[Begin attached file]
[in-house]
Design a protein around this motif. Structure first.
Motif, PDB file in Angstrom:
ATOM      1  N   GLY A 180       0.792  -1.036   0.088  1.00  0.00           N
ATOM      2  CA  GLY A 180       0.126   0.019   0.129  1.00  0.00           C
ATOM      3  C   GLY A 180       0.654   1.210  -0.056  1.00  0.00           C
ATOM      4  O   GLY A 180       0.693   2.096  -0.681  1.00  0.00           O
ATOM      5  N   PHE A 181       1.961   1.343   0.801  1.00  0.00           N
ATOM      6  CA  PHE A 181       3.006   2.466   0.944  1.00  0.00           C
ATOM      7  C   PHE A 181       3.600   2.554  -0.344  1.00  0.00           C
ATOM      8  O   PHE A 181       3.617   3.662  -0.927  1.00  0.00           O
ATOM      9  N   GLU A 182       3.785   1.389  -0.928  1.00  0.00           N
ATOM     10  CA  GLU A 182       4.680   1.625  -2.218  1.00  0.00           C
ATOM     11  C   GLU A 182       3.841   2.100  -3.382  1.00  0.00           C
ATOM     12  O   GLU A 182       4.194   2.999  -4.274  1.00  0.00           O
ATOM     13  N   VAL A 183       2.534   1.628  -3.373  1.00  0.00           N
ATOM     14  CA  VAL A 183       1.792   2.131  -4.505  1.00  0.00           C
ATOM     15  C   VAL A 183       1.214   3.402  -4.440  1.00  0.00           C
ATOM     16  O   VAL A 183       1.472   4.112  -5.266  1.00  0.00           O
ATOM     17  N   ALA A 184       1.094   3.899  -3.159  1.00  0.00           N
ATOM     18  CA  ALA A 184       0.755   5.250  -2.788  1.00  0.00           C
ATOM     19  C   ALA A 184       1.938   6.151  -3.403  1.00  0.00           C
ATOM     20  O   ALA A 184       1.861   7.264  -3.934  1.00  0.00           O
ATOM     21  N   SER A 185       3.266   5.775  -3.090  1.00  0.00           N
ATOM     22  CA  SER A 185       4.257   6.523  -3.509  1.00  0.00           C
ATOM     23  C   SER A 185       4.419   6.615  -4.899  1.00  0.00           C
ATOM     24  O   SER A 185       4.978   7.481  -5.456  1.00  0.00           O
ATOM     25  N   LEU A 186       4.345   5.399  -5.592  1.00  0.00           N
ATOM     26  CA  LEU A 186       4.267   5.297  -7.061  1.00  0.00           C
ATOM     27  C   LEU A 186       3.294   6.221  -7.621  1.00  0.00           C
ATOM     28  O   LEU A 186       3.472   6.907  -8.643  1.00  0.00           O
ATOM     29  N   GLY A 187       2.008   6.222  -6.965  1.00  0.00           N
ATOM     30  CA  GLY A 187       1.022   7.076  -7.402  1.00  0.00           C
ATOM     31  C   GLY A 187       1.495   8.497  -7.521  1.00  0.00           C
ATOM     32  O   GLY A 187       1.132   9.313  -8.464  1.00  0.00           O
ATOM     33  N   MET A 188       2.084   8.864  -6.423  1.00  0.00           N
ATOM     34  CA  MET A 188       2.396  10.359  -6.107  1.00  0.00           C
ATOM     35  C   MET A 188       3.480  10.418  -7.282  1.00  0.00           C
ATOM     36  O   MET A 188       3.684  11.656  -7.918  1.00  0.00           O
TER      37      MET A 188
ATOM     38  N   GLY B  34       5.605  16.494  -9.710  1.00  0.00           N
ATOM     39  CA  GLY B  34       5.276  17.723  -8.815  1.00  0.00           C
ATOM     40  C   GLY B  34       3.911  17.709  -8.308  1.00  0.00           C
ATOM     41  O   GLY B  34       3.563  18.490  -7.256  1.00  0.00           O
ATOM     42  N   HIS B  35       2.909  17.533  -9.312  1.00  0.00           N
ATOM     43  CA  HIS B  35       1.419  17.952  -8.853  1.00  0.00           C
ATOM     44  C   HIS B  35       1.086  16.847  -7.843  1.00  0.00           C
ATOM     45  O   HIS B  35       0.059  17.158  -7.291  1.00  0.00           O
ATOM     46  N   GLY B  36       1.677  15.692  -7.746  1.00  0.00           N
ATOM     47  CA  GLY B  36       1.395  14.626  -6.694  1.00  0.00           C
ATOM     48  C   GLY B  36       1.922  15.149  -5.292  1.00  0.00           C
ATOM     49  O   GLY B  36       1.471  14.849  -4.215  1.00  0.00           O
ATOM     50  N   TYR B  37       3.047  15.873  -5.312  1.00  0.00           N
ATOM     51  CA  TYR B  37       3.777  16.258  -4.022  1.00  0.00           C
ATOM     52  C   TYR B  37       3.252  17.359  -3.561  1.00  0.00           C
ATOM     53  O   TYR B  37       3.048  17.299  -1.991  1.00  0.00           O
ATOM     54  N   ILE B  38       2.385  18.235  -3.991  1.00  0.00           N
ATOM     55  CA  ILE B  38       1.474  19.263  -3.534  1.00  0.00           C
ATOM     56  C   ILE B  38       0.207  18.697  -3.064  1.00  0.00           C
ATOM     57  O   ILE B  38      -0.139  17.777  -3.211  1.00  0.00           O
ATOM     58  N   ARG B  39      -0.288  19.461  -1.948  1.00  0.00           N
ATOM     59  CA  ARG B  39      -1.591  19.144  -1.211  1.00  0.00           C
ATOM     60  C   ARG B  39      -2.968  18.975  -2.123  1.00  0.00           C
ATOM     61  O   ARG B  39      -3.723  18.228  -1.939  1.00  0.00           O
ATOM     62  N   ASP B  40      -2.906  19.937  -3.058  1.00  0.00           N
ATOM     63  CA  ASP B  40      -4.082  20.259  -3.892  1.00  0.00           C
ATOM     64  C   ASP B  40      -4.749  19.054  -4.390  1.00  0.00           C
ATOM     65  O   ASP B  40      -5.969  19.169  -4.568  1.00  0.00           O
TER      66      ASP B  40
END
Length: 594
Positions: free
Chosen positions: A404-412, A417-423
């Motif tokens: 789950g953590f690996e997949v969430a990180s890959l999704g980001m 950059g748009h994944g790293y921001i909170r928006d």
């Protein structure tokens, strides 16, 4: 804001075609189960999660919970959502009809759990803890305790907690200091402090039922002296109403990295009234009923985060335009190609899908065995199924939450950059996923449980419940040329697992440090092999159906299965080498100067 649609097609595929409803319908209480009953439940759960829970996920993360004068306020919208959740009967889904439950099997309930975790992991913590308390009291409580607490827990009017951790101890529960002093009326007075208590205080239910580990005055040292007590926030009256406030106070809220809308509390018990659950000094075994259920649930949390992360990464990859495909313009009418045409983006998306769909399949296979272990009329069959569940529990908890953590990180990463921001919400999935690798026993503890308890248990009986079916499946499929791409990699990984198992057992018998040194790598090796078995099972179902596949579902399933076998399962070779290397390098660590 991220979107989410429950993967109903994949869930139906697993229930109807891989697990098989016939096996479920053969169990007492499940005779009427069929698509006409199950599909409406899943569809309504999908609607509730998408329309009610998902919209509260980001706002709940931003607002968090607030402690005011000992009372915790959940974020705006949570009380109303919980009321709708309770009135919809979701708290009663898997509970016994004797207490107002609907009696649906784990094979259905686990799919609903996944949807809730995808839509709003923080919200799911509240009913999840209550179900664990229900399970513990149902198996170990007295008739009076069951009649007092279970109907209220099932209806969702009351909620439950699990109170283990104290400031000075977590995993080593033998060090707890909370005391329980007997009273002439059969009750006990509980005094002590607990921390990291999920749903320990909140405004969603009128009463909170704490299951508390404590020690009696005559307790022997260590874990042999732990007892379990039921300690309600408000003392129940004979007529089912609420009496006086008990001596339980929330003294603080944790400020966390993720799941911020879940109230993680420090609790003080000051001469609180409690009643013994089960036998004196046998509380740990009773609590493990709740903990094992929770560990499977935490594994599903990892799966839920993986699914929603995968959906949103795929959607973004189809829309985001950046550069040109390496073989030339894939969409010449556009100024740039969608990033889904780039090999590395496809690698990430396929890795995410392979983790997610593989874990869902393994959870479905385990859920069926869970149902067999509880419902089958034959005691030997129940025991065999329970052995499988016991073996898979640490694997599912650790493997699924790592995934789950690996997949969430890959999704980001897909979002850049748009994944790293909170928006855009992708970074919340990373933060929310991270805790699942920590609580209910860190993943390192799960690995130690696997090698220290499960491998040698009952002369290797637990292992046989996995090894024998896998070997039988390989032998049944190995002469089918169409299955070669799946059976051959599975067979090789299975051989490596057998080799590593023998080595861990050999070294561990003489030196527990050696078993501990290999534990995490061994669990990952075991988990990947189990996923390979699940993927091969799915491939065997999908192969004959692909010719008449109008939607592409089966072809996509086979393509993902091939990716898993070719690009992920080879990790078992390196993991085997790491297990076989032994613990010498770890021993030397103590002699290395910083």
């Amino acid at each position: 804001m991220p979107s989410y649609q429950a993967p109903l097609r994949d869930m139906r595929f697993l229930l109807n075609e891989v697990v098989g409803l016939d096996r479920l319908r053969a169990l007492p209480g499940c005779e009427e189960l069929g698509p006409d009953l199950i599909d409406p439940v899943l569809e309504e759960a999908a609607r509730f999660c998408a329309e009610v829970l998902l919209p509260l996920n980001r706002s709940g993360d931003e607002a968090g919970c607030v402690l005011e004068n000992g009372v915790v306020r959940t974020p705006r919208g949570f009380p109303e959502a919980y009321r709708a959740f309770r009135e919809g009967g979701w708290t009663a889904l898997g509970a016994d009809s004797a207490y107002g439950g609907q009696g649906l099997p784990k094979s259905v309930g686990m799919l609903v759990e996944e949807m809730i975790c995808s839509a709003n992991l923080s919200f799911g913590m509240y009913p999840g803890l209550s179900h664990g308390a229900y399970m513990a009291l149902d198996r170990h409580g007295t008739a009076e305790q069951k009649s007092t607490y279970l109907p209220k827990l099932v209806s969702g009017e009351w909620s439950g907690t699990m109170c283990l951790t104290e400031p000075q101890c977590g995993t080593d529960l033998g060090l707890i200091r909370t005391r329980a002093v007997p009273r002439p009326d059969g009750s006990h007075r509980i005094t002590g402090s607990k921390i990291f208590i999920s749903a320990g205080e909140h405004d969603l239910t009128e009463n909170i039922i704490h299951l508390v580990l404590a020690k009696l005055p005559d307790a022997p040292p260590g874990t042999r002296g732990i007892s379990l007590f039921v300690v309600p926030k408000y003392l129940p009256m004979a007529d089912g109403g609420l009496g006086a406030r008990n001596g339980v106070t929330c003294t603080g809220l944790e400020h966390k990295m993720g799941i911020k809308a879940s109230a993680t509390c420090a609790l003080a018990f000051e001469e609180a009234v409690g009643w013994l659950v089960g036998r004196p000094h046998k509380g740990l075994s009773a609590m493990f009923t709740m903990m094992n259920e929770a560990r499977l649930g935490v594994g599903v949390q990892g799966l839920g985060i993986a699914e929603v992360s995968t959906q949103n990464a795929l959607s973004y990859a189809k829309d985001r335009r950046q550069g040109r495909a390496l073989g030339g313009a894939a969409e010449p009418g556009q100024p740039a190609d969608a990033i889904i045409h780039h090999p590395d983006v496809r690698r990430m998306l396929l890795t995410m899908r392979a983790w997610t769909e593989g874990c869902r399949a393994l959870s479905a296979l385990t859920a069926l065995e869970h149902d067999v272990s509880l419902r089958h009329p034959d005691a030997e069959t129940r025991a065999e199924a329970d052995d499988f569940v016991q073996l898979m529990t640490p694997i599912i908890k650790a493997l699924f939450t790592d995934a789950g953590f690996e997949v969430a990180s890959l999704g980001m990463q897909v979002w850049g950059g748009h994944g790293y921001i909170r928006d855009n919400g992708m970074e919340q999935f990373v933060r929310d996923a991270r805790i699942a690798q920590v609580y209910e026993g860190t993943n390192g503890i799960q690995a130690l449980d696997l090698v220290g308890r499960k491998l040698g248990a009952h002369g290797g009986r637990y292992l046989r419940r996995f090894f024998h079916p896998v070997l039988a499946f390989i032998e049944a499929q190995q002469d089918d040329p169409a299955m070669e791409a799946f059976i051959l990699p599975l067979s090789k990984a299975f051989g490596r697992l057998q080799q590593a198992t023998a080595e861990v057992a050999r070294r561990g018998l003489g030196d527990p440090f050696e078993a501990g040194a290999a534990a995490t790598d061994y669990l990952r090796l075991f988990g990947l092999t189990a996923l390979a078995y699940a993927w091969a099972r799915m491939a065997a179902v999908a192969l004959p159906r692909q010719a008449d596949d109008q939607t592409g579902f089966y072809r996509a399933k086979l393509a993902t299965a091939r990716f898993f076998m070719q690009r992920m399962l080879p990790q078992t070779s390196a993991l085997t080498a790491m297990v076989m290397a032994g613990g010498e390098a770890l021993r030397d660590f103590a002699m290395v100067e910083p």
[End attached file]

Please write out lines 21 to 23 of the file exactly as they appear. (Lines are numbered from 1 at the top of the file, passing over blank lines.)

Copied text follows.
ATOM     18  CA  ALA A 184       0.755   5.250  -2.788  1.00  0.00           C
ATOM     19  C   ALA A 184       1.938   6.151  -3.403  1.00  0.00           C
ATOM     20  O   ALA A 184       1.861   7.264  -3.934  1.00  0.00           O